Basic information for topics, such as "What is it?" and "How many people are affected?" is available in the Condition Information section. In addition, Frequently Asked Questions (FAQs) that are specific to a certain topic are answered in this section.
- Can diabetes be prevented?
- Are there disorders or conditions that can contribute to or are associated with diabetes?
- What other health problems can diabetes cause?
- If I have diabetes, will I be able to get pregnant?
- Does having diabetes or gestational diabetes affect my infant?
Type 1 diabetes and gestational diabetes cannot currently be prevented, but this is an active area of research.
The Trial to Reduce the Incidence of Type 1 Diabetes Mellitus in the Genetically at Risk (TRIGR), supported in part by the NICHD, is examining whether exposure to proteins from cow’s milk or cow’s milk-based infant formula can cause type 1 diabetes, especially in children who are at high risk for the condition based on their family history and genetic profile. The Trial aims to determine whether a nutritional intervention—feeding cow’s milk-based formulas that have been processed to remove the foreign proteins—during infancy can delay or prevent the onset of type 1 diabetes in children at high risk for the condition. This research is still ongoing, but a small pilot study of 230 at-risk infants had encouraging results: The infants who received the processed formula had a lower autoimmune (self-attacking) response against the insulin-producing beta cells of the pancreas. This indicates that they may be at a lower risk of developing type 1 diabetes.1
Research also shows that there may be ways to prevent type 2 diabetes in some people. Lifestyle changes are a good way to start. In one large study called the Diabetes Prevention Program, people at high risk for type 2 diabetes who made these types of lifestyle changes lowered their risk of getting type 2 diabetes by 58%.
Also, remember that such changes can lower risks of developing other health problems associated with diabetes. Ask your health care provider or a diabetes educator for other ideas to meet your specific needs.
Yes, starting with overweight. When you’re overweight or obese, your risk for diabetes is higher.
Other conditions that can increase diabetes risk include:
- High cholesterol
- High blood pressure
- Heart disease
- Your blood glucose is already affected, known as impaired glucose tolerance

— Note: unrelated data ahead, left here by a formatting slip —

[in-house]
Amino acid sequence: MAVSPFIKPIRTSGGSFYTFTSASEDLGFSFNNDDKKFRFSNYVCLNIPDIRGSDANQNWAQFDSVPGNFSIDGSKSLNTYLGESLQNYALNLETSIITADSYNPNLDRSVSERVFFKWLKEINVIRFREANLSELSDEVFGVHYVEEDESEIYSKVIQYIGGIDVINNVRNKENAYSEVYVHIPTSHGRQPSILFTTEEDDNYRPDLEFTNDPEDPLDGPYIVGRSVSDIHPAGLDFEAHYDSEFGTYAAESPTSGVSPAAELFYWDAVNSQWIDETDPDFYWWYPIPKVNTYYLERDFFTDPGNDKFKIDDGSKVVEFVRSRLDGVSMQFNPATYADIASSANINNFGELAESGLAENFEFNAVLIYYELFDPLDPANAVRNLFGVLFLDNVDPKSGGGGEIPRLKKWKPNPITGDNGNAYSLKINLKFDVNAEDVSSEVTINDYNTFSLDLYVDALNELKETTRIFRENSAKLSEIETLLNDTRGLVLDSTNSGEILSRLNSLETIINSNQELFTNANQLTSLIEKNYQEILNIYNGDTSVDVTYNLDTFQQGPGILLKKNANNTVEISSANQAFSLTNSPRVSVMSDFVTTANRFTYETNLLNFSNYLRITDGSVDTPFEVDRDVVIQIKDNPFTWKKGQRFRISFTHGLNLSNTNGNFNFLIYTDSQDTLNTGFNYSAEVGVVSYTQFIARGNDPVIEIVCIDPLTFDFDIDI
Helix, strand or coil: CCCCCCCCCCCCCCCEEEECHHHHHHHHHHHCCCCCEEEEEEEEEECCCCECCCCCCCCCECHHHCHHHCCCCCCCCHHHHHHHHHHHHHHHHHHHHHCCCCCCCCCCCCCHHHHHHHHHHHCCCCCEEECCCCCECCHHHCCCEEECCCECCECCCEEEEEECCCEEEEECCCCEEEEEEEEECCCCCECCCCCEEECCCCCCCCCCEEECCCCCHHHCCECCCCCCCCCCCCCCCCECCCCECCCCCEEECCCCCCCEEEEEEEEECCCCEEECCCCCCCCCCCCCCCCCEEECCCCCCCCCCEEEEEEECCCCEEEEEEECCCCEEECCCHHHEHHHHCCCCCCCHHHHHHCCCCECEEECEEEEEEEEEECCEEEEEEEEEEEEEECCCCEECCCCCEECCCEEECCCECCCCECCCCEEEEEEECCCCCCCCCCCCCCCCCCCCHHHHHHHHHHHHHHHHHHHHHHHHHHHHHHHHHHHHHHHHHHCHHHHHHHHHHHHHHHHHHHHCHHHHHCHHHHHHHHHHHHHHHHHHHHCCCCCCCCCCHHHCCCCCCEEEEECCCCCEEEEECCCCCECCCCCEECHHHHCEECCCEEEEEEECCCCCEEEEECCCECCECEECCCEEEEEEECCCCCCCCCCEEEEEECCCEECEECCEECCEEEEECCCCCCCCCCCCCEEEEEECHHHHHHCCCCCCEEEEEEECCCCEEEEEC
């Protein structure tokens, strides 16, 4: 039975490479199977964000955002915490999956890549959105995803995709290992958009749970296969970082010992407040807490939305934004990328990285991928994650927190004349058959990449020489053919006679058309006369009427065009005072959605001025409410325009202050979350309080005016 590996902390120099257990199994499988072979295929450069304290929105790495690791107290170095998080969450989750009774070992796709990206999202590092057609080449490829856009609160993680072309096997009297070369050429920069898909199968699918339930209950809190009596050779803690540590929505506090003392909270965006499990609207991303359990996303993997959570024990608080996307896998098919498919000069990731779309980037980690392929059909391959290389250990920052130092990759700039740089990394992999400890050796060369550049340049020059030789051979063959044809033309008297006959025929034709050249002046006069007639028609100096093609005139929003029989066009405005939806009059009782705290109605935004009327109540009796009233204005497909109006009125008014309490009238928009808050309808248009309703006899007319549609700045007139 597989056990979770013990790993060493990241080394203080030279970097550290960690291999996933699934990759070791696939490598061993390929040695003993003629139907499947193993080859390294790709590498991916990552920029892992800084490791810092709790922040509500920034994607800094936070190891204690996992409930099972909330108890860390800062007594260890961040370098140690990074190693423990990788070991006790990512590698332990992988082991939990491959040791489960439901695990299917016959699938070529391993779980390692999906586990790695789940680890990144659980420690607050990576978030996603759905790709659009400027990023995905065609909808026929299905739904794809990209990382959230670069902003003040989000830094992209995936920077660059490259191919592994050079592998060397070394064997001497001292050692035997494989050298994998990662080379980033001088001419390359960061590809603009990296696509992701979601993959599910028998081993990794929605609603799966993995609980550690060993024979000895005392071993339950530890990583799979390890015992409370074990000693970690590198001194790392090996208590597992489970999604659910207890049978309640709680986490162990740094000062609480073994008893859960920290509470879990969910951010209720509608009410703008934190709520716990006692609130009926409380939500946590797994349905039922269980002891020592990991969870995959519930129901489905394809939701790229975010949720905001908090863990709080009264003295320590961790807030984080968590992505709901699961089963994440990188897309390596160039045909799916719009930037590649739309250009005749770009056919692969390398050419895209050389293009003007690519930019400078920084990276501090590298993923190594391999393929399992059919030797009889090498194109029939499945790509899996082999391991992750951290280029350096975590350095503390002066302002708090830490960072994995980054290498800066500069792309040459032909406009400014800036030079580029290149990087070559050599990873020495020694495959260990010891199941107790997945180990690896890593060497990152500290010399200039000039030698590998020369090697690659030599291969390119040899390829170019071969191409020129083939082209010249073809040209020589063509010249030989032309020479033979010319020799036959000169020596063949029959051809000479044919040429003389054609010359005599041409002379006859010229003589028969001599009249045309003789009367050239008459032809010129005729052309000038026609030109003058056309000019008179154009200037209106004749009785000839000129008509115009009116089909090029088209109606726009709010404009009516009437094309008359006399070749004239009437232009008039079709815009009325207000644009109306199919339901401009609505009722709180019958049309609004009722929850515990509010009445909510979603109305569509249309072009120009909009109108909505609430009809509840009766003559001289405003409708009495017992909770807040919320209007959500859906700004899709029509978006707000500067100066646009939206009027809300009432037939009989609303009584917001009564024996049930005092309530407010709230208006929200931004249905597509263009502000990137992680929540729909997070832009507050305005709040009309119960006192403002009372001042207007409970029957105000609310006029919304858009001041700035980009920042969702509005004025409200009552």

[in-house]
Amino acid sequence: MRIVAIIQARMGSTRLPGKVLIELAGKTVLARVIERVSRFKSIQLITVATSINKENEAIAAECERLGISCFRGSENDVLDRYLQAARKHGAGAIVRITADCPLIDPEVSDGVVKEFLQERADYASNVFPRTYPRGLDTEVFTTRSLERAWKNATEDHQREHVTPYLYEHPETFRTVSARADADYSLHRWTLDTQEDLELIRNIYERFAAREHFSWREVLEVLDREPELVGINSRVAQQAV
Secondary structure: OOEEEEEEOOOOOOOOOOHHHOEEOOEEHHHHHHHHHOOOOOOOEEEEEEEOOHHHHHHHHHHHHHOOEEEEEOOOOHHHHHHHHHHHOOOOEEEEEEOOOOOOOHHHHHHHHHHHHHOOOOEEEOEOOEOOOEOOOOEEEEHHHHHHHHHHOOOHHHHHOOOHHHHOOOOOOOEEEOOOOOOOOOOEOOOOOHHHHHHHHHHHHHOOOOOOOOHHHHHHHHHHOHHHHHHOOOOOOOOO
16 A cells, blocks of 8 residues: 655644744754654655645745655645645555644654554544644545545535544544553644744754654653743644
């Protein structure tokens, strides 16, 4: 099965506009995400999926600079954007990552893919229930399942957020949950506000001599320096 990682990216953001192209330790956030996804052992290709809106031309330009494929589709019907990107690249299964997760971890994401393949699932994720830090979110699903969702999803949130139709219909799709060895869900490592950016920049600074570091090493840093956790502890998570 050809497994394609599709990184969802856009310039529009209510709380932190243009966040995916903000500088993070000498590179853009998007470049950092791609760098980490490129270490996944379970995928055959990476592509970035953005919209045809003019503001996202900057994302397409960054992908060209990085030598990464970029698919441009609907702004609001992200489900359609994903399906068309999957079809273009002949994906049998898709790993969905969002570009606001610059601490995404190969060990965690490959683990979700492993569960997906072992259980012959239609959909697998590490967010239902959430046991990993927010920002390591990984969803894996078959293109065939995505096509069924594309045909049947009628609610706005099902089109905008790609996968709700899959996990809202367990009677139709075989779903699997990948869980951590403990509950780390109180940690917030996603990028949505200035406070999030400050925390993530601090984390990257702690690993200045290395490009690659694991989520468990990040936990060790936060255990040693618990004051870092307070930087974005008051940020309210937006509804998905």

- You’ve already had gestational diabetes
Diabetes can lead to quite a number of health problems, especially if it is not well controlled. Among the problems diabetes can cause:3
- Eye problems
- Nerve damage, including neuropathy (pronounced noo-rop-uh-thee),which leads to tingling, even numbness, especially in feet
- Heart disease
- High blood pressure
- Gum disease
- Poor bladder control in women2
- Male impotence3
For more information on other health problems caused by diabetes, visit the National Diabetes Information Clearinghouse.
Yes, women with diabetes can and do get pregnant. Pregnant women with diabetes are considered to have a High-Risk Pregnancy because the diabetes increases the risk for some complications. However, most women with diabetes have healthy pregnancies and healthy babies because they follow a health care provider’s recommendations for diabetes management.
If you have diabetes and are thinking about getting pregnant, discuss the subject with your health care provider. You might also want to consult a specialist with expertise dealing with both pregnancy and women with diabetes,4 as well as experts who can help you make healthy nutritional choices, such as a registered dietitian with a background in diabetes, or a diabetes educator.5
Most women who have diabetes and become pregnant or who have gestational diabetes have healthy pregnancies and deliver healthy babies because they manage their diabetes.
However, diabetes and especially uncontrolled diabetes are associated with several complications, including (but not limited to):
- Jaundice (pronounced JAWN-diss)—This yellowish tint to the infant’s skin is treatable and typically has no lasting effects.
- Hypoglycemia (pronounced hahy-poh-glahy-SEE-mee-uh)—Infant’s blood sugar is too low. You many need to breastfeed quickly, or find other ways to get more sugar into his/her system.
- Macrosomia (pronounced mak-row-SOHM-ee-uh)—Infant is large, which increases the likelihood of a cesarean or surgical delivery.
- Respiratory distress syndrome—Infant has trouble breathing and may require oxygen or other treatments.
- Low calcium and magnesium levels—Infant may need supplements to avoid other complications.
Working with your health care provider to control diabetes can help reduce the risk of these and other complications.
In addition, children whose mothers had gestational diabetes are at higher lifetime risk for type 2 diabetes, and for having it at a younger age than children whose mothers didn’t have the condition.5
- Knip, M., Virtanen, S. M., Seppä, K., Ilonen, J., Savilahti, E., Vaarala, O., et al.; Finnish TRIGR Study Group. (2010). Dietary intervention in infancy and later signs of beta-cell autoimmunity. New England Journal of Medicine, 363(20), 1900–1908. PMID: 21067382
- National Institute of Diabetes and Digestive and Kidney Diseases. (2012). Complications of diabetes. Retrieved May 23, 2012, from http://diabetes.niddk.nih.gov/complications/
- American Diabetes Association. (n.d.). Complications. Retrieved May 23, 2012, from http://www.diabetes.org/living-with-diabetes/complications/?loc=DropDownLWD-complications
- National Institute of Diabetes and Digestive and Kidney Diseases. (2008). For Women with Diabetes: Your Guide to Pregnancy. Retrieved May 23, 2012, from http://www.diabetes.niddk.nih.gov/dm/pubs/pregnancy/
- NICHD. (2004). Managing gestational diabetes: a patient’s guide to a healthy pregnancy. Retrieved May 12, 2012, from http://www.nichd.nih.gov/publications/pubs/gest_diabetes